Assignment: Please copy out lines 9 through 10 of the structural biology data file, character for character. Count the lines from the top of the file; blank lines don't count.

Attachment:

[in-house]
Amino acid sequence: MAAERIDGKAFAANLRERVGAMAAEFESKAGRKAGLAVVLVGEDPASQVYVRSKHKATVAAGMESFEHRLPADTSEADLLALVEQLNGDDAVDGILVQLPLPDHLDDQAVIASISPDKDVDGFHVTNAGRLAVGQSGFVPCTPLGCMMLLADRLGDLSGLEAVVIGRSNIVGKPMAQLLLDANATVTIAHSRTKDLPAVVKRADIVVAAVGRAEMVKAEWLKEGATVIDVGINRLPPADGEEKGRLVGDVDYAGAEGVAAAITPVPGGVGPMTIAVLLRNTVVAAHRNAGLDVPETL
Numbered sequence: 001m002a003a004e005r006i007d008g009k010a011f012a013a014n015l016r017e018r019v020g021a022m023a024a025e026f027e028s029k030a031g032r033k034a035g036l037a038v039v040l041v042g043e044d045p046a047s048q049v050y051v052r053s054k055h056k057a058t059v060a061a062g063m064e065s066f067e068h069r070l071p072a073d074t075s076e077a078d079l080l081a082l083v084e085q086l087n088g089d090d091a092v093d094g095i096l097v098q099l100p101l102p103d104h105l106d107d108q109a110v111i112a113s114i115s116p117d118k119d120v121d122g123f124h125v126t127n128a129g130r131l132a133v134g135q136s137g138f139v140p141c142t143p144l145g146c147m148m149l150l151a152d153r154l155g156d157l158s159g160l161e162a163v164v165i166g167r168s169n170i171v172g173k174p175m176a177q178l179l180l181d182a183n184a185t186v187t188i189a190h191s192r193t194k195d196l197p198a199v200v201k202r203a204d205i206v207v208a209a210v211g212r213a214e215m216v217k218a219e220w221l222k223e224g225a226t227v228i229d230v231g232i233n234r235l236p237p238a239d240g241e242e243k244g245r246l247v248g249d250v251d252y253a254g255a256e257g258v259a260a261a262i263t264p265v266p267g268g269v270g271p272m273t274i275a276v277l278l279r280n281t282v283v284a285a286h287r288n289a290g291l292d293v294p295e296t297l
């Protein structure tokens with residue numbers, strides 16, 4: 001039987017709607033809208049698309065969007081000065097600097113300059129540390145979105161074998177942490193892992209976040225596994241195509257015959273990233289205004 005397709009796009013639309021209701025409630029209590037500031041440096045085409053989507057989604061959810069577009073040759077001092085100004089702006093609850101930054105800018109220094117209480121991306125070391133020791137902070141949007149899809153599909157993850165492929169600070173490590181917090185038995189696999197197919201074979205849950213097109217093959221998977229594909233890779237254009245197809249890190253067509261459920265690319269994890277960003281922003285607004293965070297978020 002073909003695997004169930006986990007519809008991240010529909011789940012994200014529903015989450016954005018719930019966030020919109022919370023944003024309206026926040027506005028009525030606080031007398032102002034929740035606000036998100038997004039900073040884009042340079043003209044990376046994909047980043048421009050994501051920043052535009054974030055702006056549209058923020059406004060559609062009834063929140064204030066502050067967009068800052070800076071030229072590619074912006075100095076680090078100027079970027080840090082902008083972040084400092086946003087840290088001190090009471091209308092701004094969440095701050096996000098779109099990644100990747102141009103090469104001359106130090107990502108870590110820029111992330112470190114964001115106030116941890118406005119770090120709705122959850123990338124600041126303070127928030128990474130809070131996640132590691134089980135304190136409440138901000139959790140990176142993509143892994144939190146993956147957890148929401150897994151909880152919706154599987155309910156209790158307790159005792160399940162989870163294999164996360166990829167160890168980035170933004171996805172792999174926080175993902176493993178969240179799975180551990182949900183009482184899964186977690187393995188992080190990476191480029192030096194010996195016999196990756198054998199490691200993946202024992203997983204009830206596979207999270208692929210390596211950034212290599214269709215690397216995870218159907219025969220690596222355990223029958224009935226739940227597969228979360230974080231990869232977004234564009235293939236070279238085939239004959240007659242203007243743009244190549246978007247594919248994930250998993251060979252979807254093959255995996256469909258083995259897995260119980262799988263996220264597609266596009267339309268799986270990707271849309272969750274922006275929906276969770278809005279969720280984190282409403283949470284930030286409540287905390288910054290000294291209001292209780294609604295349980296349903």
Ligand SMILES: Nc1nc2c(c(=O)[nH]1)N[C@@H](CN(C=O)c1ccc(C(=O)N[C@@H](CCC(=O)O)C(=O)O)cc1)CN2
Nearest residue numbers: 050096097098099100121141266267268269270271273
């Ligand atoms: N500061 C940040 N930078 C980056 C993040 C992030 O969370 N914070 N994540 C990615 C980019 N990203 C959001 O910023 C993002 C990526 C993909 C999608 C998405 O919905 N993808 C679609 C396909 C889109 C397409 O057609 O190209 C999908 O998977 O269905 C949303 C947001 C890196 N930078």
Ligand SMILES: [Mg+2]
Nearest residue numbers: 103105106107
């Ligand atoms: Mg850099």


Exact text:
Nearest residue numbers: 103105106107
């Ligand atoms: Mg850099």